our lady of milleniumFinally, of course, the Church marks winter with Advent. In short, a time of waiting. Advent, of course, has a double orientation. In the immediate future, we look forward to Christmas, and our waiting for Christmas gives immediate meaning to the season.

But more distantly, we look forward to Christ’s final coming. In a way, Advent is a deeper marker of winter than is Christmas: in a sense, Christmas serves Advent more than vice versa. Advent reminds us that this world is a kind of winter – but that Spring will come. As our third “patron” of winter, Advent reminds us never to settle for winter, but always to look forward to the Spring of Christ’s coming.


Lucy, the true light that shines in the darkness; Martin, clother of beggars; Advent, the season of waiting. In the Church’s calendar, winter becomes a season pregnant with meaning.

But enough of my fancy words. How do you experience the spirituality of winter?

All Saints

All-SaintsToday is the feast of All Saints. Before beginning our next Friday series on living the spiritual life, let us pause to consider what sanctity means.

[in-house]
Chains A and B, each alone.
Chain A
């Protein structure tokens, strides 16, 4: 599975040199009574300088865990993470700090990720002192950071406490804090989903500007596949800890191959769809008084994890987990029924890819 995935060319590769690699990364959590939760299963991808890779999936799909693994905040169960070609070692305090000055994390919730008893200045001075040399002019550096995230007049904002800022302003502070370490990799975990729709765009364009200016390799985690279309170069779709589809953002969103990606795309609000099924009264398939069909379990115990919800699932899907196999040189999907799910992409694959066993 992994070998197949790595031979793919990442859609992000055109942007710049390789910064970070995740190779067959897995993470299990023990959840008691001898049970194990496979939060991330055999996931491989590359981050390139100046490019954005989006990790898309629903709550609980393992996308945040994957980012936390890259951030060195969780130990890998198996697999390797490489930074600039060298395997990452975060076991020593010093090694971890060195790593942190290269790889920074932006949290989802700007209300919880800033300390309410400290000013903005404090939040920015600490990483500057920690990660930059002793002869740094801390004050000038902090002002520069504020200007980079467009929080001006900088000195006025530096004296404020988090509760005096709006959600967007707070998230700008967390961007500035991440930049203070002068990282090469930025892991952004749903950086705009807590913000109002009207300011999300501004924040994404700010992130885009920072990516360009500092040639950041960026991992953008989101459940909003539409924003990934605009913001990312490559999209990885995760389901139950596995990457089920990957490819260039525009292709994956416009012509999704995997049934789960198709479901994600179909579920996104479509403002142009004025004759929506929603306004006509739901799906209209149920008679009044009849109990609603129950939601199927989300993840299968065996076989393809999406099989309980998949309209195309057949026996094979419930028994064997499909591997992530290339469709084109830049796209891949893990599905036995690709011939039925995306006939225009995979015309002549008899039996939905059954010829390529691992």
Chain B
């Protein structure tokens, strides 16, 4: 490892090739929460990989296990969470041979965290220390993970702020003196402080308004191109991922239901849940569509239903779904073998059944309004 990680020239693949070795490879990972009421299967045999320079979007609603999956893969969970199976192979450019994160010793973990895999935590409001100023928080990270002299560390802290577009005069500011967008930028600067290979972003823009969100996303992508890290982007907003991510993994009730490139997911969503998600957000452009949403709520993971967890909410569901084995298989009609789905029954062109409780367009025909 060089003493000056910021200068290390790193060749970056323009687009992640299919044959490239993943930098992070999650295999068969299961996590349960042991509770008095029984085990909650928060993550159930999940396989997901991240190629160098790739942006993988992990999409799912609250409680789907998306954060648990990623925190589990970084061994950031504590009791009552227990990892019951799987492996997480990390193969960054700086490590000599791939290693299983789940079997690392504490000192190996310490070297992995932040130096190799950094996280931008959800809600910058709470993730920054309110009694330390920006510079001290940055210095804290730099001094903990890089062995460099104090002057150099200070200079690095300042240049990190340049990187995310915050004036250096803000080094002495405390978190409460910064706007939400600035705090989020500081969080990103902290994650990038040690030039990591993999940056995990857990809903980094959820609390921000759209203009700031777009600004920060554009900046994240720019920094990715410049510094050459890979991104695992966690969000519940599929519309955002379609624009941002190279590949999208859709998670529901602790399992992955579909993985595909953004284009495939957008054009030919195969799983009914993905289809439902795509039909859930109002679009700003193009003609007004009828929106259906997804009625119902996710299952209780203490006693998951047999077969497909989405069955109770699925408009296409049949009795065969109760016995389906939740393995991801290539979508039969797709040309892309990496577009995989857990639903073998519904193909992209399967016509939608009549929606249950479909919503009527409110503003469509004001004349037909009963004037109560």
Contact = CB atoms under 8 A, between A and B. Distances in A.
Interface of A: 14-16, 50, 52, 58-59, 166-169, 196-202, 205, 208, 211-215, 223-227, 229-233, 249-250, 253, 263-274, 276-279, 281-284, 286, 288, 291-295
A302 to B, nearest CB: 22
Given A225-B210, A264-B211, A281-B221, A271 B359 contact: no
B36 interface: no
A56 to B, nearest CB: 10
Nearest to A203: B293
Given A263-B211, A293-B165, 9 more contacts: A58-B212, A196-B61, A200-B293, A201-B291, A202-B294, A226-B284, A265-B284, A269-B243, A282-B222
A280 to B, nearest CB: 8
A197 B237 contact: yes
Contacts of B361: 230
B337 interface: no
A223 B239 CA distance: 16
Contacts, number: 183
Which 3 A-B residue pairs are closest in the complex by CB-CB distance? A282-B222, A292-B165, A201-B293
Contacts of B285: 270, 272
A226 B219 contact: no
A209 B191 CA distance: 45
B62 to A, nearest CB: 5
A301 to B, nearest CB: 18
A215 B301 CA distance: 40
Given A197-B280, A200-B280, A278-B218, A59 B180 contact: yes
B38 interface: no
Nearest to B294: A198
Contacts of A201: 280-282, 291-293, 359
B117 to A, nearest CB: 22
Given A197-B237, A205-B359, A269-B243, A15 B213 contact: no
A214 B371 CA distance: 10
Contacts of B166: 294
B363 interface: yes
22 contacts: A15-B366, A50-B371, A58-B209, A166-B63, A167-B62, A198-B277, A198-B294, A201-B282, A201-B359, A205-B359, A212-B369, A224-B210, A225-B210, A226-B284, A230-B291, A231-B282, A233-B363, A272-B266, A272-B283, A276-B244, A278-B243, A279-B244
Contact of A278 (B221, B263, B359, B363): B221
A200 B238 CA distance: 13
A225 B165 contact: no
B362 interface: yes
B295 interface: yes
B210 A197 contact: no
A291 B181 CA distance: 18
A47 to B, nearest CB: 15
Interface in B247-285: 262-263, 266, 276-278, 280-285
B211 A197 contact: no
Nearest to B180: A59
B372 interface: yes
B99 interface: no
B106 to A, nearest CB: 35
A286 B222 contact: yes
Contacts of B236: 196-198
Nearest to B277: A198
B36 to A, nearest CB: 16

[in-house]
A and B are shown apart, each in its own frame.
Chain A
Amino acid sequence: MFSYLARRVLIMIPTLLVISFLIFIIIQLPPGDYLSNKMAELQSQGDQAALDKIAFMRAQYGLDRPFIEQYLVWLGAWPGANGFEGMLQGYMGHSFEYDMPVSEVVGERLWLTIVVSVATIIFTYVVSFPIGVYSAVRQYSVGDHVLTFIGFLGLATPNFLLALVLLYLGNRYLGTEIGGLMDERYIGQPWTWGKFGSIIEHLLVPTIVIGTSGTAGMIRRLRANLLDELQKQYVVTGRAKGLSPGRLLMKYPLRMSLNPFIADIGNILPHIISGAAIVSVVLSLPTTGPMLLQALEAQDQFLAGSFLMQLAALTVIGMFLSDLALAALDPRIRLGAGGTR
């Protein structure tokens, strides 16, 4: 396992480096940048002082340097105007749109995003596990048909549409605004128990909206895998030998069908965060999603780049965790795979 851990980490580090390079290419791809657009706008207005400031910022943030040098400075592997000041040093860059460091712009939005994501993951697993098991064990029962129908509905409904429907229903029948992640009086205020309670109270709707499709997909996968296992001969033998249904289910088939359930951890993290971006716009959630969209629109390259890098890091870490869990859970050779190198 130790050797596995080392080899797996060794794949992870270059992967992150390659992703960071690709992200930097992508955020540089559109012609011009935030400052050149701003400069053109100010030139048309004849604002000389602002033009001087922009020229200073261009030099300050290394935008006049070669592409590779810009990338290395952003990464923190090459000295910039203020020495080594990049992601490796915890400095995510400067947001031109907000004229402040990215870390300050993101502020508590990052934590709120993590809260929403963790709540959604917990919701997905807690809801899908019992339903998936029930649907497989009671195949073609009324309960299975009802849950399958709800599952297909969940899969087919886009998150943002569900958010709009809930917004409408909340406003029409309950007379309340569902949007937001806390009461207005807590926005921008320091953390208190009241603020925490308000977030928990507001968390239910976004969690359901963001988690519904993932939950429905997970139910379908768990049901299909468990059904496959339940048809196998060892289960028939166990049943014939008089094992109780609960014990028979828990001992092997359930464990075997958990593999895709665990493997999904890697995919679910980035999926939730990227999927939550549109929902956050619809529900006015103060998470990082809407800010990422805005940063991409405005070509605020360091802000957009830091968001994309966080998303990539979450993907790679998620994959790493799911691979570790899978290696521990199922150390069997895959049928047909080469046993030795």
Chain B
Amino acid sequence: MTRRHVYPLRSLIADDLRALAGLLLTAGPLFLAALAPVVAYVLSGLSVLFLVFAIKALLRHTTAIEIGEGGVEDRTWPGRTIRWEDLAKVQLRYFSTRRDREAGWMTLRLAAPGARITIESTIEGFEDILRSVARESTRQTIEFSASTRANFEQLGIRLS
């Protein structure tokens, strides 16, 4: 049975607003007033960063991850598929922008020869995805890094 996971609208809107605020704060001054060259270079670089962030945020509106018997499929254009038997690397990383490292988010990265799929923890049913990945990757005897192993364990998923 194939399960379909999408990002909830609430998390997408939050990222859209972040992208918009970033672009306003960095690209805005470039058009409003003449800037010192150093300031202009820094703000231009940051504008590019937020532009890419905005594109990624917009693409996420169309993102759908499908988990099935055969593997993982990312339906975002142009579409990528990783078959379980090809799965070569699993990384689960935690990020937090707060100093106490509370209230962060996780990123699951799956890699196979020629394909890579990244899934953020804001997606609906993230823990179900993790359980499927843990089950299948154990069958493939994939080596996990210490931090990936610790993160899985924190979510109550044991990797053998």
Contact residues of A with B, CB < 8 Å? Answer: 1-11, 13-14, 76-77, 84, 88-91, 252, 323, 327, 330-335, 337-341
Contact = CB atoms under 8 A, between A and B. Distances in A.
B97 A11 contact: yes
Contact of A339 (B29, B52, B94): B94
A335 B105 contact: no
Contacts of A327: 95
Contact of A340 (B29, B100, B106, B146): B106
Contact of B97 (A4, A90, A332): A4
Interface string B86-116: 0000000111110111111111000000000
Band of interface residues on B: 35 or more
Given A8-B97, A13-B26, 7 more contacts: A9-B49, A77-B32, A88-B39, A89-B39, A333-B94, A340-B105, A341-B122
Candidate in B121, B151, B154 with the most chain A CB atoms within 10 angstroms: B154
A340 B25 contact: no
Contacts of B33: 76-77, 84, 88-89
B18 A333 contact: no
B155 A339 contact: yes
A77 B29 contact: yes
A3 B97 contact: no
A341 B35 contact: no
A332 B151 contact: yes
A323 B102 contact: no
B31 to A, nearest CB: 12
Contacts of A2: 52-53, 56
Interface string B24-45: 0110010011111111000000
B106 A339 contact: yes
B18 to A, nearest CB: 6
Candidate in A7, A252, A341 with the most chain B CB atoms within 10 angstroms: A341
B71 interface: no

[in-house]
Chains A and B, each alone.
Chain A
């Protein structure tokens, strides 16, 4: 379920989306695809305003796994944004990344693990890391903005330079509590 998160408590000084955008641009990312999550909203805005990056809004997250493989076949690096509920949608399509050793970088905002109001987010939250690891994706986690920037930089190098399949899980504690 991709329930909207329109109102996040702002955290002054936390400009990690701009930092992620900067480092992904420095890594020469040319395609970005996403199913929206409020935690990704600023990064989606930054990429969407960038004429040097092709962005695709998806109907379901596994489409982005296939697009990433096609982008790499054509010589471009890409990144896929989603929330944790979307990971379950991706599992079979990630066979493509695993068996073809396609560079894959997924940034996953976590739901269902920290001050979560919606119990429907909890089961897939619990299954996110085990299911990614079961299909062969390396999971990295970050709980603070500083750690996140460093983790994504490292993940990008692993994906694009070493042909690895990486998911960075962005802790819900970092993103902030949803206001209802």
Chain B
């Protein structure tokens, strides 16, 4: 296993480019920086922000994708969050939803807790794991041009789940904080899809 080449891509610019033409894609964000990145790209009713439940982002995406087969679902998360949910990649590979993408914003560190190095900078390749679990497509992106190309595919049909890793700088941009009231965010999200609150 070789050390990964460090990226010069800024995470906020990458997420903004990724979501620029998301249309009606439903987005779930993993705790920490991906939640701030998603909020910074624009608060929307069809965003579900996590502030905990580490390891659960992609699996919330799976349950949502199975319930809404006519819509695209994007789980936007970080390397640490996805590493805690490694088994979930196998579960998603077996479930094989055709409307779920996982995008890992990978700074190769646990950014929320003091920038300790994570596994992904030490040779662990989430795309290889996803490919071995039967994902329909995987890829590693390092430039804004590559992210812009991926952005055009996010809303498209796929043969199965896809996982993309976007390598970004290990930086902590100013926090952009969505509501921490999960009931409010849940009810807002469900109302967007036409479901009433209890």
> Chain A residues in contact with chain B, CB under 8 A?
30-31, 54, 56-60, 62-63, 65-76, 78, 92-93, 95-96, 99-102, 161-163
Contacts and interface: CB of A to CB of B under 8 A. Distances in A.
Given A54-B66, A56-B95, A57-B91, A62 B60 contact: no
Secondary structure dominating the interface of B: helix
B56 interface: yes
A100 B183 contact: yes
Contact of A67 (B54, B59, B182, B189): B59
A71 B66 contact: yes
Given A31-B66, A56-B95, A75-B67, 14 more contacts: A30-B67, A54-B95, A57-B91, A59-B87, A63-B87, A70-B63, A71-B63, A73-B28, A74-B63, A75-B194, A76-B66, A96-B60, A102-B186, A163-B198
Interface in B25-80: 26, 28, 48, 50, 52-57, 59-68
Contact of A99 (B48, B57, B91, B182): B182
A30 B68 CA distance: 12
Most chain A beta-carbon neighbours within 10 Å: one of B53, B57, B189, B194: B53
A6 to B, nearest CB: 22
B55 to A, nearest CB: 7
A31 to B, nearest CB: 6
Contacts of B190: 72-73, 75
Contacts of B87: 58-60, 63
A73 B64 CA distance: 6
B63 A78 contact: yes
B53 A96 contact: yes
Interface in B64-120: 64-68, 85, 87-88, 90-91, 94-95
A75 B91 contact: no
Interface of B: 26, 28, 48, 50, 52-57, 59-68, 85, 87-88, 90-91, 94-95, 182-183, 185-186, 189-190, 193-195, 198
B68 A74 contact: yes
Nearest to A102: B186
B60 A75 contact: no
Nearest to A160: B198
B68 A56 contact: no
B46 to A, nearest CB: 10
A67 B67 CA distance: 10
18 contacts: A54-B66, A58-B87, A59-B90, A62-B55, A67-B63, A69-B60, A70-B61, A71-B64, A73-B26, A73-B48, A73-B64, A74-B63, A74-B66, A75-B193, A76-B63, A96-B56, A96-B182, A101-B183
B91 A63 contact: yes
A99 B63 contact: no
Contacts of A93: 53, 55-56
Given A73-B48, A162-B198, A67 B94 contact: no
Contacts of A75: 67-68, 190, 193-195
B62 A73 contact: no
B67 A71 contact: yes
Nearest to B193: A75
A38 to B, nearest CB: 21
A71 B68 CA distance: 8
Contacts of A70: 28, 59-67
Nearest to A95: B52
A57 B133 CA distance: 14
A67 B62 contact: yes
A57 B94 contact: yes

First, a word about words. England, and thus its language, has a funny history. First it was settled by Germanic tribes: the Anglos, the Saxons, and the Jutes. In 1066, the French conquered, and pushed the German-speaking peoples to speak French. As a result, English is a funny mix of two languages.

This shows up in our religious vocabulary. Sometimes people try to draw a theological distinction, for example, between the Holy Spirit and the Holy Ghost. But they are the same word. Spiritus is Latin, (esprit in modern French); Geist is German. The difference between Holy Spirit and Holy Ghost is only a difference whether you use the French/Latin word or the German word. Two words for the same thing.

The same is true of “holy.” Heilig is the German word. The Latin word is Sanctus, which the French make into Saint. “Holy” and “Saint” are exactly the same word. In Catholic theology (which is not principally done in English), there is absolutely no distinction. No distinction in Greek, or Hebrew, or in any other modern language. It’s just a funny part of English that we have a German and a French word for the same thing.


So what is a saint? Someone who is holy. Vatican II reminded us of the “universal call to holiness”: that is, everyone is called to be a saint – including you. That is what the word means. Part of the feast of All Saints is reminding us of the many ways to Sanctity.